China announced Thursday morning that its inflation cooled for a fourth straight month in July, providing more room for Premier Wen Jiabao to loosen policies to stem a growth slowdown.

Consumer prices rose 1.8 percent from a year earlier, the National Bureau of Statistics said in Beijing, Bloomberg reported. That compares with the 1.7 percent median forecast in a Bloomberg News survey of 33 economists and a 2.2 percent gain in June. Producer prices fell 2.9 percent from a year earlier, the fifth straight drop, the report showed.

The deceleration in price gains may encourage more measures to support growth, aiding Wen's efforts to reverse an economic slowdown that's lasted six quarters. Communist Party leaders last week pledged to keep adjusting policies to ensure stable expansion this year.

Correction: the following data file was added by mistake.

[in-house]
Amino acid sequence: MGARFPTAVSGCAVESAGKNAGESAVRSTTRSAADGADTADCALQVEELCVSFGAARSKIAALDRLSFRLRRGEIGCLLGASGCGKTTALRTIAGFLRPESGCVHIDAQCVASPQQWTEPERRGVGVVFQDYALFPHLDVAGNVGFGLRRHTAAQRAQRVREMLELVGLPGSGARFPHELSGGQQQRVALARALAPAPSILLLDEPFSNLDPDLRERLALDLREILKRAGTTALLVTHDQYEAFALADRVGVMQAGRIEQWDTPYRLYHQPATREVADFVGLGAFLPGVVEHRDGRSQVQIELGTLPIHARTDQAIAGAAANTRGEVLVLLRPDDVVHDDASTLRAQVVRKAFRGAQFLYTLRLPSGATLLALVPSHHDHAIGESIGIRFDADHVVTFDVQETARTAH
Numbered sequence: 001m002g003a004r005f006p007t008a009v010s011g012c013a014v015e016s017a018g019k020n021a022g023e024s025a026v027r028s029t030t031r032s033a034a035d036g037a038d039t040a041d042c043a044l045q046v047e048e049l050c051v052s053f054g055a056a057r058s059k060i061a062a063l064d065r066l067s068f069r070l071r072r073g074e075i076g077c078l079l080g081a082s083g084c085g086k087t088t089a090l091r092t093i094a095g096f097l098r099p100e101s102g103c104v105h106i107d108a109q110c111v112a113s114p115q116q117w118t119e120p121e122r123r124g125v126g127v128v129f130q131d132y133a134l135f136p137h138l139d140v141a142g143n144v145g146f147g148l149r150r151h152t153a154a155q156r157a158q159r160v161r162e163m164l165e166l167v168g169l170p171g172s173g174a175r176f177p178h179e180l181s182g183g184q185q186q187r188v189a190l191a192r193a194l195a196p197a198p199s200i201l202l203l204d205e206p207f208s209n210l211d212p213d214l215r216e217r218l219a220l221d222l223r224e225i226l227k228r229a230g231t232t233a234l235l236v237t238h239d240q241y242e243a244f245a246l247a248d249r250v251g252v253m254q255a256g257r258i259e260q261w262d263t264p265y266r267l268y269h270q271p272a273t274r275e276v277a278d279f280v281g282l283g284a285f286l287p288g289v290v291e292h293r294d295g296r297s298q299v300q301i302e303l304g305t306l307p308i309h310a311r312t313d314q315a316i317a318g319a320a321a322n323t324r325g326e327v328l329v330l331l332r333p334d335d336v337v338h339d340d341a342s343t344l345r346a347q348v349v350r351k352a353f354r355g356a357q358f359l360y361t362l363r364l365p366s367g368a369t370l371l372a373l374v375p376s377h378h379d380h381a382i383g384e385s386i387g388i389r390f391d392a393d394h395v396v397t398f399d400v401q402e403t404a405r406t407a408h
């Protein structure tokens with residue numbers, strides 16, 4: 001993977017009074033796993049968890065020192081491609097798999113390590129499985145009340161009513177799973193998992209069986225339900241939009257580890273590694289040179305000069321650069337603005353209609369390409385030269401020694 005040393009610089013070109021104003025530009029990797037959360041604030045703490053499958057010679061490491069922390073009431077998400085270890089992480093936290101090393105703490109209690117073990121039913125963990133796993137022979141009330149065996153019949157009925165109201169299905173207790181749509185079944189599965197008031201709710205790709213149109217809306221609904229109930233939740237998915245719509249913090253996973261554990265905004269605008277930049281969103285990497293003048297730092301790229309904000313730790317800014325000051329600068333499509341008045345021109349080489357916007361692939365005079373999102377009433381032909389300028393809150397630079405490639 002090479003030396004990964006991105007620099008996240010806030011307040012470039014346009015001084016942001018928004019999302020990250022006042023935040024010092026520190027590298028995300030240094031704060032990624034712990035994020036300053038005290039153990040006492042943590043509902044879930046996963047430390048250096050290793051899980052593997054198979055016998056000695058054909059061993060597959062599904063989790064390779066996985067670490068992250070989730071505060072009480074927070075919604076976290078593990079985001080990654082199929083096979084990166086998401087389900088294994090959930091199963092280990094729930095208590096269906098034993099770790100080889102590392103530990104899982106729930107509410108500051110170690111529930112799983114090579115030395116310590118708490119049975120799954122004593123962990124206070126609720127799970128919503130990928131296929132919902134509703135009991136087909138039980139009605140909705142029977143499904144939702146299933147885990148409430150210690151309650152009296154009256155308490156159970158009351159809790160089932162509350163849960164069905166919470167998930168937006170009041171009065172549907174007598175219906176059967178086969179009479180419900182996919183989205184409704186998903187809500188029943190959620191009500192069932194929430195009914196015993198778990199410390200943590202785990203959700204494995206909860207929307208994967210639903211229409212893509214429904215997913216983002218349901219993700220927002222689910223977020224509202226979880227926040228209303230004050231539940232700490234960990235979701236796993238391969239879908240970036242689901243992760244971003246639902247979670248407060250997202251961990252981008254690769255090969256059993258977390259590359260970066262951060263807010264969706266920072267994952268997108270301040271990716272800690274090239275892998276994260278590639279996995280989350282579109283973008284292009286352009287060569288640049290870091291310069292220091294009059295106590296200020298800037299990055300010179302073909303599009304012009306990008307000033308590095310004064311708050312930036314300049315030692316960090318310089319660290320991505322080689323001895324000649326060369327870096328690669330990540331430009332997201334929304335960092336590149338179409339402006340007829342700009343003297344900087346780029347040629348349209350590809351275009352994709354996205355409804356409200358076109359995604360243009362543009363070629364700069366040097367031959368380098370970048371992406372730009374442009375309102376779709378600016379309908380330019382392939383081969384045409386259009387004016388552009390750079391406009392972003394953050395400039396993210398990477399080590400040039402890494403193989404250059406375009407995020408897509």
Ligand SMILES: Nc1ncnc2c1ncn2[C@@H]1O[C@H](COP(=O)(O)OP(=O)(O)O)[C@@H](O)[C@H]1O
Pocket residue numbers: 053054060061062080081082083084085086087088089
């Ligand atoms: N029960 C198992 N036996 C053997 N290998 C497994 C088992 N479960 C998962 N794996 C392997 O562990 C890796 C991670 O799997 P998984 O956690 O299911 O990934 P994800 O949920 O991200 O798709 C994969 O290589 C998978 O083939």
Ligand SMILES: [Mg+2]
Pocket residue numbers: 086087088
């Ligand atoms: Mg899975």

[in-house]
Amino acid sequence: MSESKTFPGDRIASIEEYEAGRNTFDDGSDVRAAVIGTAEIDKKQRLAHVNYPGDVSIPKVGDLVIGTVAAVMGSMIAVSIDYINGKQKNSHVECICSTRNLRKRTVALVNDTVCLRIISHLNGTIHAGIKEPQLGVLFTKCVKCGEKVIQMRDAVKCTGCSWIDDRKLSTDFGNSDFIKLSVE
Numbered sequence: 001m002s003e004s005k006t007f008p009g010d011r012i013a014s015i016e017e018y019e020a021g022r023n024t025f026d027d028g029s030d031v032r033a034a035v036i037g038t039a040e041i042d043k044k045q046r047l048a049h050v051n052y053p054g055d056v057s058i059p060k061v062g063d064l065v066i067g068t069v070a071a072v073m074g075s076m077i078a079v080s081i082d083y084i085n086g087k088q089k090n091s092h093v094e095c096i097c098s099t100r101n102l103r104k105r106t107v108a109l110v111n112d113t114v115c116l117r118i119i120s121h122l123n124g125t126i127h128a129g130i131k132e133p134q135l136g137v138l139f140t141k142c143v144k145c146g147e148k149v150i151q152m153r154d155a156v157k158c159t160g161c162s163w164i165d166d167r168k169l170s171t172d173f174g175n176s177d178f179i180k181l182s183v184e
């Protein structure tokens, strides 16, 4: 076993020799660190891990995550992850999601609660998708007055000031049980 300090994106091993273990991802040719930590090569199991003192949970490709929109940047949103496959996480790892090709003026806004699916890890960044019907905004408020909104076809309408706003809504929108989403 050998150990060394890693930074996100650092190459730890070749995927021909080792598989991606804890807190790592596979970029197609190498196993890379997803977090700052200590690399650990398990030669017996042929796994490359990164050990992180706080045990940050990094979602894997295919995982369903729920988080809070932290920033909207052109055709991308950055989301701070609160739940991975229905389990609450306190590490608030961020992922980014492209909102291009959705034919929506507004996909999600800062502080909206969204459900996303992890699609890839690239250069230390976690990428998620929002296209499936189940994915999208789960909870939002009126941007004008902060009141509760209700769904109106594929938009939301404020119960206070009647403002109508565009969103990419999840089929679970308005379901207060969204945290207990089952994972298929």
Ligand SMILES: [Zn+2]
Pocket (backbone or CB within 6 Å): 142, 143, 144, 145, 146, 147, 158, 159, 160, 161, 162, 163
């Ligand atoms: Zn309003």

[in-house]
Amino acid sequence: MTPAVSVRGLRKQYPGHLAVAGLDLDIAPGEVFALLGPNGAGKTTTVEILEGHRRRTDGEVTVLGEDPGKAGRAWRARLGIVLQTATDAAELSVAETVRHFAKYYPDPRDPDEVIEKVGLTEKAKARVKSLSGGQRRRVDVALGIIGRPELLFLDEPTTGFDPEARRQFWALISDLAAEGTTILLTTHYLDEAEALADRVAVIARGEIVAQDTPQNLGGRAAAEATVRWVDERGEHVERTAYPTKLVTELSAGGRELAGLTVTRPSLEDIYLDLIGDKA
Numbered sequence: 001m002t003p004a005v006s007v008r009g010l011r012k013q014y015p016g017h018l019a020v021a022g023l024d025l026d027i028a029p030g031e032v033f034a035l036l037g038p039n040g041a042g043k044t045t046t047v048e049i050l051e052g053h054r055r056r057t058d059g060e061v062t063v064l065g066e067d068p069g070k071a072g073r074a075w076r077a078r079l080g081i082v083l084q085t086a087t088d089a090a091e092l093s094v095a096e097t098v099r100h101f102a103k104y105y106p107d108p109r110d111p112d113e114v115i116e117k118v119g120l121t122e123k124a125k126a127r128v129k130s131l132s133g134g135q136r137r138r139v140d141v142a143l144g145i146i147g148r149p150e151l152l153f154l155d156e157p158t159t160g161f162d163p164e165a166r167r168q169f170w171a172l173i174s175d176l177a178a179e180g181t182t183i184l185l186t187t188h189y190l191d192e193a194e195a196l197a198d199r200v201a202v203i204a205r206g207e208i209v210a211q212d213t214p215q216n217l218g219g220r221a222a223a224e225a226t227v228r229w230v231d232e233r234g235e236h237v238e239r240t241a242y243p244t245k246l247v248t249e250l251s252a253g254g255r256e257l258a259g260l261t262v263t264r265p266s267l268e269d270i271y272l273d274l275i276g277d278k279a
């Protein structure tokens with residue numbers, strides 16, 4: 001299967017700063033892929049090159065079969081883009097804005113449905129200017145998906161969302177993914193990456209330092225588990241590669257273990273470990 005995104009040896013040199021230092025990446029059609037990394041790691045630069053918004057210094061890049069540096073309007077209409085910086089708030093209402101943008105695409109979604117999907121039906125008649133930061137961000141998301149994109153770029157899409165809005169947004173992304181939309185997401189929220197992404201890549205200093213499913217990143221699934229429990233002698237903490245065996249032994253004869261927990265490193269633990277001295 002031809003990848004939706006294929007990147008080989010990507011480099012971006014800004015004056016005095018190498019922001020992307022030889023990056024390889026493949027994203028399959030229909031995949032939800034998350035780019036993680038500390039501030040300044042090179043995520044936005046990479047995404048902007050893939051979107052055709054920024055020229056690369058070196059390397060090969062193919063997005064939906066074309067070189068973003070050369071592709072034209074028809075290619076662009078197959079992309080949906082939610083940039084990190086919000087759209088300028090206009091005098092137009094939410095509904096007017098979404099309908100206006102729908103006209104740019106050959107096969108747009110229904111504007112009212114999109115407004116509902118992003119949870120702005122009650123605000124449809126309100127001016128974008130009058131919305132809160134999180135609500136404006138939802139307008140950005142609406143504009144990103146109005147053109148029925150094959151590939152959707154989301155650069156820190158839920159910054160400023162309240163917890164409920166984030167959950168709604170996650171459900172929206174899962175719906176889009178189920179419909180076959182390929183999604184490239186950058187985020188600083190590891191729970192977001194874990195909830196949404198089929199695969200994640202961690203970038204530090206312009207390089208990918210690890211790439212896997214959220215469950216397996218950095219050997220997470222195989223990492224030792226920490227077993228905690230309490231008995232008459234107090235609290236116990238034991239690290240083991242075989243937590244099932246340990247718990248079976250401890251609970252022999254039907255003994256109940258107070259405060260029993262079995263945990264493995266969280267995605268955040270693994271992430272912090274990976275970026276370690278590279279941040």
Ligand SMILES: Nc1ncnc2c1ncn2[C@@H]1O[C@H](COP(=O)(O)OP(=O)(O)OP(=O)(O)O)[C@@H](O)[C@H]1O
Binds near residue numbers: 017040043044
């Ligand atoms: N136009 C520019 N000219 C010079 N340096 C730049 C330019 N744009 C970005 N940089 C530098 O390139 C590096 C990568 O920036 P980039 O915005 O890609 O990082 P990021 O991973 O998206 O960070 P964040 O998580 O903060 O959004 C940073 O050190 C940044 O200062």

"Falling inflation is creating more room for further policy easing," Ding Shuang, a Hong Kong-based economist with Citigroup Inc., told Bloomberg before the release. "Sustained policy support is needed to engineer a growth rebound in the second half."